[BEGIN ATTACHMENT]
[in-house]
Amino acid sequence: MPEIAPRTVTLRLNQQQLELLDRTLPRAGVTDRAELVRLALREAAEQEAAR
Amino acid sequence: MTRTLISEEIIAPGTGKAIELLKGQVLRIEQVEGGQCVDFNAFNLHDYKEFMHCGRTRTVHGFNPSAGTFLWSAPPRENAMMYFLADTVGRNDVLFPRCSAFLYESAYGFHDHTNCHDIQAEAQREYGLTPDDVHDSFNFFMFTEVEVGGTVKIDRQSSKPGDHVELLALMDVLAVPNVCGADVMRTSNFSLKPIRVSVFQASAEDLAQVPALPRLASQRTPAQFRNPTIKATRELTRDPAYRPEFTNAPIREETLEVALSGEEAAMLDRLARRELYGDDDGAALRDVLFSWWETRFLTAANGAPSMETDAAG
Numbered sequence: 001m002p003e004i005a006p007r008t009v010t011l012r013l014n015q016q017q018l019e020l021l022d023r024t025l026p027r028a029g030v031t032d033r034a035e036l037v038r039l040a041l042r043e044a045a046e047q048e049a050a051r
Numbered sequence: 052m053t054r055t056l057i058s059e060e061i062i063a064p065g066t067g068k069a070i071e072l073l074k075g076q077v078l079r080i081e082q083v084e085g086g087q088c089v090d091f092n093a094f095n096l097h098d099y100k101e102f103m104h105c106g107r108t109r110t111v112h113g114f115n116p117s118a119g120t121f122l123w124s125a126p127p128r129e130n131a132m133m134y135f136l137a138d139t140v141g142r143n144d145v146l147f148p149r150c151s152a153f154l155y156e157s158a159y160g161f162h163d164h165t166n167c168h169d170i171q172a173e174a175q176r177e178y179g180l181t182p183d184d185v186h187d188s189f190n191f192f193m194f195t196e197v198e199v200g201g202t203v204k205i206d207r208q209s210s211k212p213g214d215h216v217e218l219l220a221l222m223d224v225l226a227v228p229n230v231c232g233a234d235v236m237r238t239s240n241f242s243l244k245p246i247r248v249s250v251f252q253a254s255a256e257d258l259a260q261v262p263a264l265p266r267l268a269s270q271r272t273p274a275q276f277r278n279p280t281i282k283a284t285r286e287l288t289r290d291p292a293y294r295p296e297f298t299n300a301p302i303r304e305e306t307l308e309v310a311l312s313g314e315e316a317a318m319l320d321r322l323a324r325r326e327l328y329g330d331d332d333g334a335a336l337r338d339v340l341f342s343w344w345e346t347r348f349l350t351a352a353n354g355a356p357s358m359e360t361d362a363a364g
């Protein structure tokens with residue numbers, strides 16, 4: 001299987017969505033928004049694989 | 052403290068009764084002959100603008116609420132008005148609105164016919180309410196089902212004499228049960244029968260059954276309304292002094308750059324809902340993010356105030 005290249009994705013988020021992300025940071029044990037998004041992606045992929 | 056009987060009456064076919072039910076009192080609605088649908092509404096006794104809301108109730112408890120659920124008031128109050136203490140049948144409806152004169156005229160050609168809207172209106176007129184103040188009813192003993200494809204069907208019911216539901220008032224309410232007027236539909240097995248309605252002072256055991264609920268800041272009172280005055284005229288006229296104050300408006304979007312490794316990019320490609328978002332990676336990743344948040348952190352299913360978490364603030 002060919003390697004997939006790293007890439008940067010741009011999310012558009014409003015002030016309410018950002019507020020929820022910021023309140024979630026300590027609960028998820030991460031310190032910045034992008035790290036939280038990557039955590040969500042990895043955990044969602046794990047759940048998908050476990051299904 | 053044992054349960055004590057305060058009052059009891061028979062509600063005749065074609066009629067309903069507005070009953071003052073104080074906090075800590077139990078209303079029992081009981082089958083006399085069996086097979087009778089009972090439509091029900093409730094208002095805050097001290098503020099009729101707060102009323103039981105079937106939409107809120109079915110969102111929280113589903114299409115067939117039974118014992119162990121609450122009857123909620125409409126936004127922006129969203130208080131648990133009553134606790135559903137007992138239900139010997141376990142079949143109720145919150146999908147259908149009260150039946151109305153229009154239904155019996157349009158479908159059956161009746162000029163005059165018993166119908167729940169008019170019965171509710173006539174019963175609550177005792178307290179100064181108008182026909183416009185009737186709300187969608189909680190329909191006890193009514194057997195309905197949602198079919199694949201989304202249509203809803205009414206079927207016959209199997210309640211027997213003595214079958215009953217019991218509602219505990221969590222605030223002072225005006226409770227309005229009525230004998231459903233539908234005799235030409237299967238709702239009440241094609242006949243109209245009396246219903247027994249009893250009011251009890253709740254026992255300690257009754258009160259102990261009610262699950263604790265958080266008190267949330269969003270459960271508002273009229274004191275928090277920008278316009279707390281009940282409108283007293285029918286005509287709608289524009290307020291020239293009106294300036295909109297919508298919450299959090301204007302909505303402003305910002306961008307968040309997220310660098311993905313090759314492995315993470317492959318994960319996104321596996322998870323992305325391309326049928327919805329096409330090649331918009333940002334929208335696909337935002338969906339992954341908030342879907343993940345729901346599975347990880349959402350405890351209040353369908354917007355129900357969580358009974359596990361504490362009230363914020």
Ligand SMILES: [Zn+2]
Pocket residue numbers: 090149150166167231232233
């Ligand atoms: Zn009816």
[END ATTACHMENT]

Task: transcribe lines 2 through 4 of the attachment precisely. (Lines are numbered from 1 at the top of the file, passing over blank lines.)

Amino acid sequence: MPEIAPRTVTLRLNQQQLELLDRTLPRAGVTDRAELVRLALREAAEQEAAR
Amino acid sequence: MTRTLISEEIIAPGTGKAIELLKGQVLRIEQVEGGQCVDFNAFNLHDYKEFMHCGRTRTVHGFNPSAGTFLWSAPPRENAMMYFLADTVGRNDVLFPRCSAFLYESAYGFHDHTNCHDIQAEAQREYGLTPDDVHDSFNFFMFTEVEVGGTVKIDRQSSKPGDHVELLALMDVLAVPNVCGADVMRTSNFSLKPIRVSVFQASAEDLAQVPALPRLASQRTPAQFRNPTIKATRELTRDPAYRPEFTNAPIREETLEVALSGEEAAMLDRLARRELYGDDDGAALRDVLFSWWETRFLTAANGAPSMETDAAG
Numbered sequence: 001m002p003e004i005a006p007r008t009v010t011l012r013l014n015q016q017q018l019e020l021l022d023r024t025l026p027r028a029g030v031t032d033r034a035e036l037v038r039l040a041l042r043e044a045a046e047q048e049a050a051r